Hinduism and the Flow of Life by Laura A. Roser
n his version of the Bhagavad Gita, Eknath Easwaran writes, “The word �harma means many things, but its underlying sense is ‘that which supports,’ from the root dhri, to support, hold up, or bear. Generally, dharma implies support from within: the essence of a thing, its virtue, that which makes it what it is.” There is an old story about a sage sitting beside the Ganges river. He looks into the river and notices a scorpion has fallen into the water. He reaches down and rescues the scorpion and the scorpion immediately stings him. Later on, he sees the scorpion stuck in the water again and reaches down and rescues the scorpion with the same results – another stinging. A stranger asks him, “Holy one, why do you keep doing that? Don’t you see that vicious insect will keep stinging you in return?” “Of course,” the sage replies. “It is the dharma of a scorpion to sting. But it is the dharma of a human to save.”
Dealing with Our Own Scorpions Once I spoke with a businessman who told me that he had been betrayed badly when he was younger. His partner had taken a great deal of money and left him with many debts. He said this caused him to become bitter and untrusting of everyone. He would watch his employees like a hawk and be suspicious of the plumber or sprinkler repair person – they could all take advantage of him. He’d constantly beat himself up for how naive and trusting he had been and how that weakness had allowed his partner to blindside him.
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Then one day, after watching an employee sneer at him when he berated her for not logging her time correctly, he decided that he was disgusted by what he had become. He was going against his better nature. Being a trusting person was who he was. He was happier when he was trusting. He was kinder and more loving. He had more friends. He was less paranoid. And that’s when he decided that he would begin to operate in a way that empowered others again and gave them the benefit of the doubt. He reasoned that if he was taken advantage of occasionally, that was okay. The risk was worth it. He went back to being the kind, caring man he’d been before the incident with his business partner (with more checks and balances when the stakes became high – there’s no reason not to learn from your mistakes) and he became happy again. Dharma has that quality to it. The idea that we should act according to the highest good despite the outcome. It is about maintaining a standard of kindness, love and virtue. It’s having the wisdom to understand that by not trusting those around us (for no apparent reason) or by not saving the metaphorical scorpions in our lives, we become an uglier version of ourselves, one that is contrary to our personal growth and development.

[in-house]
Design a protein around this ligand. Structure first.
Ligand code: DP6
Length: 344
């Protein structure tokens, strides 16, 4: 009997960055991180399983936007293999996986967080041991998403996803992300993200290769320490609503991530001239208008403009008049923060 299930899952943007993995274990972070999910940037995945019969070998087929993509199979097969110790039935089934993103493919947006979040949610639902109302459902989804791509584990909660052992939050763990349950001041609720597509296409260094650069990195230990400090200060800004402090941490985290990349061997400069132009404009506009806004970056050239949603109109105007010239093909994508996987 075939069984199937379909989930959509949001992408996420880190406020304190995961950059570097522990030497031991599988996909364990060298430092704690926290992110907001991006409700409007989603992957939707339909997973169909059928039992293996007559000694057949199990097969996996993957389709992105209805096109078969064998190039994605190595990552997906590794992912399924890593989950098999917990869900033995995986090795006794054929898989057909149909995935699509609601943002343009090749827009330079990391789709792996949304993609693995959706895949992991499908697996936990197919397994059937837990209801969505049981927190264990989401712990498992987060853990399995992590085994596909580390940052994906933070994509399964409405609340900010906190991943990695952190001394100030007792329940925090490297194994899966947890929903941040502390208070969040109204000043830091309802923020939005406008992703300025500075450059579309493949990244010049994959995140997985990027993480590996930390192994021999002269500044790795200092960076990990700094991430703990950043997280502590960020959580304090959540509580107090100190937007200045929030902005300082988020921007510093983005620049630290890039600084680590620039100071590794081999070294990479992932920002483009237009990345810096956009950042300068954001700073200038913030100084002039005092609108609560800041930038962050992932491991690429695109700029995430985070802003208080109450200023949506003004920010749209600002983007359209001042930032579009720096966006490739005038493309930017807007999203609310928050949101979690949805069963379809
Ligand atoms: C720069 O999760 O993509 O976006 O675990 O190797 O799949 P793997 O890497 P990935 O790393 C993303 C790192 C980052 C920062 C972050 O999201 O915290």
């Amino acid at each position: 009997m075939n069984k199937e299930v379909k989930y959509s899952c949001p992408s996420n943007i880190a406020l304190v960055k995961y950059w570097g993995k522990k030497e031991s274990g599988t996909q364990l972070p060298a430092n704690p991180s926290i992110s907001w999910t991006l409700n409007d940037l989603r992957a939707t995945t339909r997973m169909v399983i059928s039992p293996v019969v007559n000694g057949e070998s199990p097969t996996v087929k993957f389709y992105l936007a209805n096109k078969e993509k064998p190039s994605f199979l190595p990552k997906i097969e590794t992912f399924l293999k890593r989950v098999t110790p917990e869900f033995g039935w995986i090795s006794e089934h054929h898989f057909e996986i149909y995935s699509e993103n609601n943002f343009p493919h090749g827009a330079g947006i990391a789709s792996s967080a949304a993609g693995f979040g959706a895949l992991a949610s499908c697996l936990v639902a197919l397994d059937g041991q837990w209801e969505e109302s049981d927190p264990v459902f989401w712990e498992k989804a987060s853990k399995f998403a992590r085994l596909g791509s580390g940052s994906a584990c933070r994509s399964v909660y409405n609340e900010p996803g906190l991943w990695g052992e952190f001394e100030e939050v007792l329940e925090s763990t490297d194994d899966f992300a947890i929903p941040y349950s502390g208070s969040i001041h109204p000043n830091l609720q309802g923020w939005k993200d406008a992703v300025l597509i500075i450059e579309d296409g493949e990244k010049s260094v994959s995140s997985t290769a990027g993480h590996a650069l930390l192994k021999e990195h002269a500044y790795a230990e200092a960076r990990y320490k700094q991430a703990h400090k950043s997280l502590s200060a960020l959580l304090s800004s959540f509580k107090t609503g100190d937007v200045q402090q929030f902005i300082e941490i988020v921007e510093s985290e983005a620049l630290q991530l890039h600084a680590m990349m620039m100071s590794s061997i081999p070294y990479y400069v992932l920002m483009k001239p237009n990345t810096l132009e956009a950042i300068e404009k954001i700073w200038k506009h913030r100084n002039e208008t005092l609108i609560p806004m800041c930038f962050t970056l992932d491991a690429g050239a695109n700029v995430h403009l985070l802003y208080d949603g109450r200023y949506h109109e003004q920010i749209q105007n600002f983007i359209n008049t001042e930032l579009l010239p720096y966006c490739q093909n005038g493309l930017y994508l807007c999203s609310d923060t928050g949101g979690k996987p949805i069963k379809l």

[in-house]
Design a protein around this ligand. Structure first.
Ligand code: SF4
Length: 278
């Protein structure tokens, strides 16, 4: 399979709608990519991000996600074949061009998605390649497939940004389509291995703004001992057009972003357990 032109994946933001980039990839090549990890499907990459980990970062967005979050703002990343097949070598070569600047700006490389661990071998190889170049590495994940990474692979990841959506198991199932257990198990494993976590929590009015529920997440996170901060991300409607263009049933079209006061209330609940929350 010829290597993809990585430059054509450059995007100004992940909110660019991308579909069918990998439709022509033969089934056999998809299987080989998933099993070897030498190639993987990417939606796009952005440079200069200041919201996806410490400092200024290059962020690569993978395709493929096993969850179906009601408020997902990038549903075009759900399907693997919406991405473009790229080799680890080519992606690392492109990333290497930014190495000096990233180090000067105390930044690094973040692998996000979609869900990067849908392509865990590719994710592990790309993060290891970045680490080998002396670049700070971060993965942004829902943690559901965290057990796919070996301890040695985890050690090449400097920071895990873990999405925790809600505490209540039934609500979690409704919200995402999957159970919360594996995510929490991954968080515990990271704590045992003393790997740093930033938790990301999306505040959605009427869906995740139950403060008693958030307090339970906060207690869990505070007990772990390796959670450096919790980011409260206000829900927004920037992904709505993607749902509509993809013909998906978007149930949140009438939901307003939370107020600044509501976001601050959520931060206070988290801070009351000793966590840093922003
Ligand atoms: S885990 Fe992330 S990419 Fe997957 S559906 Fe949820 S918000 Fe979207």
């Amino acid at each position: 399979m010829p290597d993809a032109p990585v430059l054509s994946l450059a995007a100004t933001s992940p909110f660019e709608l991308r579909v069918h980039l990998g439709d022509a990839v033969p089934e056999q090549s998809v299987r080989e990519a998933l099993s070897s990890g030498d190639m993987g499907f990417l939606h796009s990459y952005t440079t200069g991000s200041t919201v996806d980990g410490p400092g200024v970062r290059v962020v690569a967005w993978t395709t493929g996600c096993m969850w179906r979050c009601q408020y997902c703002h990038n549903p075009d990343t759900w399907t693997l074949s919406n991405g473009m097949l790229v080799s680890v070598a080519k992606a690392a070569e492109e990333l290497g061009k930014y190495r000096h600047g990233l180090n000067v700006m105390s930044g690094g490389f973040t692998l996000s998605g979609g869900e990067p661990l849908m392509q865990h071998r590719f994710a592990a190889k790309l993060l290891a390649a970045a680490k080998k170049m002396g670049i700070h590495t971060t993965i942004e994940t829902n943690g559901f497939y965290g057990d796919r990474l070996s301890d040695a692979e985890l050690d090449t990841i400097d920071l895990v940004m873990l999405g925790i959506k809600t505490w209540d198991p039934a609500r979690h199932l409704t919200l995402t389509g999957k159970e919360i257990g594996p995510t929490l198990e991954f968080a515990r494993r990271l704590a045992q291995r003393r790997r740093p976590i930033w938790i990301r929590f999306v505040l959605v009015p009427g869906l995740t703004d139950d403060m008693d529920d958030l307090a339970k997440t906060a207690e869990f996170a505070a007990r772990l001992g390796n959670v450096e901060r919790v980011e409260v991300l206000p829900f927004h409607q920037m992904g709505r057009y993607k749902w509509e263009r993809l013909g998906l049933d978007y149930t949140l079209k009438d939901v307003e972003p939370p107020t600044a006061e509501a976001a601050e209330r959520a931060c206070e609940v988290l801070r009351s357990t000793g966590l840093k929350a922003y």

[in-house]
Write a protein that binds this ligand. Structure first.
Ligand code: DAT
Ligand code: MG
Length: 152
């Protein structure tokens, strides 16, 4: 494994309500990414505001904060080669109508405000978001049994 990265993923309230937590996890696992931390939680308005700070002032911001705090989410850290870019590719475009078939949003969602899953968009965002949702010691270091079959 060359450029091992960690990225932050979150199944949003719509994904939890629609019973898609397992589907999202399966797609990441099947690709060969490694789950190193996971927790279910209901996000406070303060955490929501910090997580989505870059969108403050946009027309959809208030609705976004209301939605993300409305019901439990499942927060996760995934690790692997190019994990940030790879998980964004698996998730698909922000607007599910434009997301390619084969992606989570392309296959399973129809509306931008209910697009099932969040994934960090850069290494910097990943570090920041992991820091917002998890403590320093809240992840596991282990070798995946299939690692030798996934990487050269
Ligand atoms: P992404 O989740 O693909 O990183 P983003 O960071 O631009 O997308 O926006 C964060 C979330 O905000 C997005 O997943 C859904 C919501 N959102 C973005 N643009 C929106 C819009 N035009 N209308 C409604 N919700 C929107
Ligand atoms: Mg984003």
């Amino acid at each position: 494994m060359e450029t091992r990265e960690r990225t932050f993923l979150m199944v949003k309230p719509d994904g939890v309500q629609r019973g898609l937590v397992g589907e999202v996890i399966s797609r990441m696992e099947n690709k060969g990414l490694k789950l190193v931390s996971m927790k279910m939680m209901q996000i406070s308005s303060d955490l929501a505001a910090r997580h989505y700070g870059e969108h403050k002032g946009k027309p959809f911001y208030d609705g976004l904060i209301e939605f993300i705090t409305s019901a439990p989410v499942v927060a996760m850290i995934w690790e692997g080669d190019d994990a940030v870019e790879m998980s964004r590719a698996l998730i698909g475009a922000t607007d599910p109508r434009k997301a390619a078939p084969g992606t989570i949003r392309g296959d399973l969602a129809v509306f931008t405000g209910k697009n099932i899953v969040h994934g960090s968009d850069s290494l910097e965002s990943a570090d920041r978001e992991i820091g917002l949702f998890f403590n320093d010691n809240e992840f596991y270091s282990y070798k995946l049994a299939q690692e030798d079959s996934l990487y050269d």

Introducing Karma Into the Equation Then there’s karma. Simply put, karma is action. Every event – even every thought – has consequences. The Upanishads made a strong connection between thought and physical action. If the seed of a thought is given enough time to germinate and grow, it will be made physical. Eknath writes: “The law of karma states unequivocally that though we cannot see the connections, we can be sure that everything that happens to us, good and bad, originated once in something we did or thought. We ourselves are responsible for what happens to us, whether or not we can understand how. It follows that we can change what happens to us by changing ourselves; we can take our destiny into our own hands.” He then goes on to write: “Karma is sometimes considered punitive, a matter of getting one’s just desserts. This is accurate enough, but it is much more illuminating to consider karma an educative force whose purpose is to teach the individual to act in harmony with dharma – not to pursue selfish interests at the expense of others, but to contribute to life and consider the welfare of the whole. In this sense life is like a school; one can lean, one can graduate, one can skip a grade or stay behind. As long as the debt of karma remains, however, a person has to keep coming back for further education.” n
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Published on Jan 2, 2017